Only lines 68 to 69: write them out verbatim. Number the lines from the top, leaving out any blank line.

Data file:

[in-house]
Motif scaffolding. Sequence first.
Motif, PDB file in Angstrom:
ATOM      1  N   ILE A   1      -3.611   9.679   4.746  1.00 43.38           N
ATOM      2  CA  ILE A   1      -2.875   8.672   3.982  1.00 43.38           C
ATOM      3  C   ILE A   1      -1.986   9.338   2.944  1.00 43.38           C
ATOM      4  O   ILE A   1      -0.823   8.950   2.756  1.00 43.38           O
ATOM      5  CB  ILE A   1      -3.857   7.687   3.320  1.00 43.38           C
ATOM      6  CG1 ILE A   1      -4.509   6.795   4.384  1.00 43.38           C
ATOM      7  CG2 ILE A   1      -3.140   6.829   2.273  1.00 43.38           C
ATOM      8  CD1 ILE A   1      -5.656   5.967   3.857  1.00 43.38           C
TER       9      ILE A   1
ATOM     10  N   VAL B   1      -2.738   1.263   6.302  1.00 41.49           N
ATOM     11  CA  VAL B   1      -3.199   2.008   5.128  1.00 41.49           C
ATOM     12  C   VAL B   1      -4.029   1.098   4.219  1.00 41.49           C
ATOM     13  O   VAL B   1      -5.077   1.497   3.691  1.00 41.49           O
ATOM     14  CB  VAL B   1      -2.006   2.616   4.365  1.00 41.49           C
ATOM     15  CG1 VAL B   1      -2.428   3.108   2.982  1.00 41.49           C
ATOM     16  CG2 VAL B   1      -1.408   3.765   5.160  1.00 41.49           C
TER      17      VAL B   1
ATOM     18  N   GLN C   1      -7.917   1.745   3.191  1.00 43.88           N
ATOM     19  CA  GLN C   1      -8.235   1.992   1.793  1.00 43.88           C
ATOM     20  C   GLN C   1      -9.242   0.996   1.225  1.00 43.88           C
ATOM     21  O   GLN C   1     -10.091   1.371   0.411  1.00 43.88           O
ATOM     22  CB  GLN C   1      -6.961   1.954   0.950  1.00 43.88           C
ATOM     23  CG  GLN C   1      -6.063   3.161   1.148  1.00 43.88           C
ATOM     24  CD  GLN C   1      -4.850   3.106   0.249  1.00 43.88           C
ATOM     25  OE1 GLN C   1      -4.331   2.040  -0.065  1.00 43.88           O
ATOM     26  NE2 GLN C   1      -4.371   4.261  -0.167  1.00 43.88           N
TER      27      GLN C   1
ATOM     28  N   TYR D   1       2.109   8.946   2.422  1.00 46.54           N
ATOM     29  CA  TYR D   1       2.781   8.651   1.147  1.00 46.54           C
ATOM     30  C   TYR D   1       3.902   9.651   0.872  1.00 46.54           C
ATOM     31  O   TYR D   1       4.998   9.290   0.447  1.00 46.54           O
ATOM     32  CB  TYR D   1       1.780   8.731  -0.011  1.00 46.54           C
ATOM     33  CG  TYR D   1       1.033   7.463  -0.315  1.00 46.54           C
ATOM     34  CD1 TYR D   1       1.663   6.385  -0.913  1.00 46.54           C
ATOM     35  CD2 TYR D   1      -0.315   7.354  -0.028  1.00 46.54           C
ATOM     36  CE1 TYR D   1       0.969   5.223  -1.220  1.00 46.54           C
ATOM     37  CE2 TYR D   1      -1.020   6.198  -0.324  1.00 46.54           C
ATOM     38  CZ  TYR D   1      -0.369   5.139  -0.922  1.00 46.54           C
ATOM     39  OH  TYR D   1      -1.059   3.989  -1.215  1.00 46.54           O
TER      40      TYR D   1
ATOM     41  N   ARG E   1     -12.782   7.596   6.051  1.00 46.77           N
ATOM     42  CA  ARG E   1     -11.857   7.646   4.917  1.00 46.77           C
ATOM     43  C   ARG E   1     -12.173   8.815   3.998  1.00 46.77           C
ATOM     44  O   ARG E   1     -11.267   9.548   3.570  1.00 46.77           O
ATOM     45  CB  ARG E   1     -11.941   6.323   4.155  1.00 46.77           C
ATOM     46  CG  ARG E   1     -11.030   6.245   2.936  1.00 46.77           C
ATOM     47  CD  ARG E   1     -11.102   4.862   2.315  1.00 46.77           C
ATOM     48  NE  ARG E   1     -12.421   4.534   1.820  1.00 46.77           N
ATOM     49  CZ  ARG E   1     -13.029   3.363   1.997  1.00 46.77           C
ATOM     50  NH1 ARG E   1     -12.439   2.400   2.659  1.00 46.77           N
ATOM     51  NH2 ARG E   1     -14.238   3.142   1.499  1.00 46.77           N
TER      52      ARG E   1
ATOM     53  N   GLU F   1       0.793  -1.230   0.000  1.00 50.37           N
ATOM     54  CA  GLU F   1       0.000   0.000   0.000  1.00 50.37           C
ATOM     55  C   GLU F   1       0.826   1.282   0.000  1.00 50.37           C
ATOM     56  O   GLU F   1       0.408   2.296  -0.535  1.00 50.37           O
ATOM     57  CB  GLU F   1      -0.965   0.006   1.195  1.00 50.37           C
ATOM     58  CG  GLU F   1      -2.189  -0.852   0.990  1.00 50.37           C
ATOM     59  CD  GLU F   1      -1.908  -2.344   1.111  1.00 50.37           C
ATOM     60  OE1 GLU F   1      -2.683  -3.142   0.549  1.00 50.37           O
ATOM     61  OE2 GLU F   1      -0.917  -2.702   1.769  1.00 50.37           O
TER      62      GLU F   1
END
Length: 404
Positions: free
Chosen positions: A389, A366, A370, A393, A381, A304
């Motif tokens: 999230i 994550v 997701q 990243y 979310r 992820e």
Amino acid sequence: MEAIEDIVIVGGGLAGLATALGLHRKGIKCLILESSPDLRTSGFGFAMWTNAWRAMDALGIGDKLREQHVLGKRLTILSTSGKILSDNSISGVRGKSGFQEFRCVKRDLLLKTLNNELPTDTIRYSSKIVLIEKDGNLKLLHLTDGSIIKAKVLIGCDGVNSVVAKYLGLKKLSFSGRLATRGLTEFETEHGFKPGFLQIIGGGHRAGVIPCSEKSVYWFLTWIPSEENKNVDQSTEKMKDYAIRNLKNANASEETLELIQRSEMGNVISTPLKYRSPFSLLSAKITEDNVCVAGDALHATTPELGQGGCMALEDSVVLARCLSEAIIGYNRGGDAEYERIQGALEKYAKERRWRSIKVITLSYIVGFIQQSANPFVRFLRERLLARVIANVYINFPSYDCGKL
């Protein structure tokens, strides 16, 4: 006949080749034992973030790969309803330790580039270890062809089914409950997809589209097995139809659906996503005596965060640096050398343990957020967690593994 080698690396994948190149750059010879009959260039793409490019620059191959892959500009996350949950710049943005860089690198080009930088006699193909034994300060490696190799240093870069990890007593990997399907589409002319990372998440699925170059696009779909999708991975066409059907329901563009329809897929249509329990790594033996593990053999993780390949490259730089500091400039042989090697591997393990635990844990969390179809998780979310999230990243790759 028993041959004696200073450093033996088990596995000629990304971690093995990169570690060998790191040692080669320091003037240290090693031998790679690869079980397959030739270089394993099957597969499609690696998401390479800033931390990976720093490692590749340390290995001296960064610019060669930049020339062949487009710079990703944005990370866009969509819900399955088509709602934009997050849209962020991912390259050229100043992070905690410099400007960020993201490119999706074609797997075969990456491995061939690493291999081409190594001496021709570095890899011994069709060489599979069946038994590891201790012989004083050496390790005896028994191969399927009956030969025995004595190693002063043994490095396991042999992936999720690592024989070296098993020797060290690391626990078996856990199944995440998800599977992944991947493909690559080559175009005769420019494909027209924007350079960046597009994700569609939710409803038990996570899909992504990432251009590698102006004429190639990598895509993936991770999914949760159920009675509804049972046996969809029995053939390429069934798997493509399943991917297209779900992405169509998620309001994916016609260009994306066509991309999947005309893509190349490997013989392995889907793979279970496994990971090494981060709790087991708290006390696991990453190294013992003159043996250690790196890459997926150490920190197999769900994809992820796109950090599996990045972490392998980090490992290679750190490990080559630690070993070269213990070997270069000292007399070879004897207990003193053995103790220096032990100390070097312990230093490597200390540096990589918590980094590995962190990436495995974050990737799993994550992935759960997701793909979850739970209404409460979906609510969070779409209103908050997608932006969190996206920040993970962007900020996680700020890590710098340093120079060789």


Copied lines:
Positions: free
Chosen positions: A389, A366, A370, A393, A381, A304